What is your favorite K-pop band or artist right now, and why?
That’s so hard to answer because it changes all the time. I feel like new releases are constantly coming out that make me shift favorites. I’ll always have a soft spot for Big Bang and the YG Entertainment artists because they were the ones that got me into the genre to begin with, and I think one of the newer groups Winner have a ton of potential, despite their slow tour sales. However recently I’ve been paying more attention to JYP Entertainment artists like Twice, Day6, and Got7, who are coming to the U.S. soon for a live tour. I’m also obsessed with the latest solo release by Taemin from SHINee. I have this sweater that says in Hangul “noona loves SHINee.” Noona means “older sister.” I used to wear it around my building in K-town and got a lot of stares.

How do you think K-pop is different from other types of pop culture?
I think there are essays out there that articulate this a lot better than I can! Anthropologists and university professors have even lectured about Hallyu and the influence of K-pop. If you pay attention to K-pop and compare it side by side to other pop genres you can definitely see how it’s unique. It’s usually really easy to recognize a K-Pop song or video over a J-pop or C-pop one. But exactly what those differences are it’s hard to describe. K-pop seems more Western, but then it’s also really Korean. And the groups are so on point because they’ve been training since a young age; that’s all they do—get groomed to perform. And there is also a lot of money that supports K-pop that helps the industry maintain top talent, and produce amazing quality music and videos. I come from a dance background so I think the choreography has also been what drew me to it. Their moves are always so polished.

What are some common themes that you see play out in K-pop songs and videos?
I’m not sure there are common tropes to be honest. But I do love how there is always a tradition of doing a dance practice video for almost all the songs, where you get to see the choreography from the performances recorded by the artists in the studio. I spend way too much time on YouTube watching dance practice videos.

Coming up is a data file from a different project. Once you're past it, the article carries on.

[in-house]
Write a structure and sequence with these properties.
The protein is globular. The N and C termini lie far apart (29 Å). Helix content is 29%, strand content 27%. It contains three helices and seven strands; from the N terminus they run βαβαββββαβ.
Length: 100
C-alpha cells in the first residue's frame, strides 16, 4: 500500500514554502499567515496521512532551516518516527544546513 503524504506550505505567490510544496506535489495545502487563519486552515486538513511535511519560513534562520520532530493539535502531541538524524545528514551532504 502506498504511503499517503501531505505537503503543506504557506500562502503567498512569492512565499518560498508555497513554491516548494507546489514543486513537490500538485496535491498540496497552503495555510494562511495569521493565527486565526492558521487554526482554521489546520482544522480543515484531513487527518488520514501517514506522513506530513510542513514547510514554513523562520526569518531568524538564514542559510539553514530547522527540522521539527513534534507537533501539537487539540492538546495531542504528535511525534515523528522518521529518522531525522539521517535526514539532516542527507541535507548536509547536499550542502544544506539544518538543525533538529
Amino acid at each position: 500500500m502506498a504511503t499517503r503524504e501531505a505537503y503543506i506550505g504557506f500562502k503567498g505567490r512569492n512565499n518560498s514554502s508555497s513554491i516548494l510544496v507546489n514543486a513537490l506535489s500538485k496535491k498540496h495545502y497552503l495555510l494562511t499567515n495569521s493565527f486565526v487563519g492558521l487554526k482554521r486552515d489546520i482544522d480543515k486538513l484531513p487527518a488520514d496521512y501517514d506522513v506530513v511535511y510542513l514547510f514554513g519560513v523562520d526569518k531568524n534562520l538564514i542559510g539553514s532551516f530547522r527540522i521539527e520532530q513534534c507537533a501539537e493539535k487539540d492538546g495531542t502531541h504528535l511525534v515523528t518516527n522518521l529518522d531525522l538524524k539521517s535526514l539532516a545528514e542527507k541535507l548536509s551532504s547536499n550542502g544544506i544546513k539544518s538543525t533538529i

Also K-Pop stars are encouraged and expected to appear on TV and participate in variety shows, which extends all the fan fare and makes you get to know each of their individual personalities on all these different channels aside from just music. You might see US pop stars once in a while on very large national broadcasts but they wouldn’t dare regularly appear on a goofy game show doing comedy stunts. But that happens in Korea and it’s amazing.

What are some of your favorite K-Pop fashion trends?
I’m not really that into trends but I’ll tell you some of my favorite Korean designers: SJYP, Supercomma B, Blindness, General Idea (who I wish would make womenswear), KYE, and Nohant.

And lastly, any Korean beauty products you love?
I used to love some of the Etude House products, especially their Hyaluronic Cleanser. There’s also this amazing facial mist spray that I pick up in Koreatown that supposedly has the “waters of Daegu” in it. I don’t know if I totally believe that it does, but I love how it keeps my skin hydrated in the dry LA weather. And I never go to the Korean spa without my masks, pretty much all the masks are great but I love the animal print ones from The Face Shop.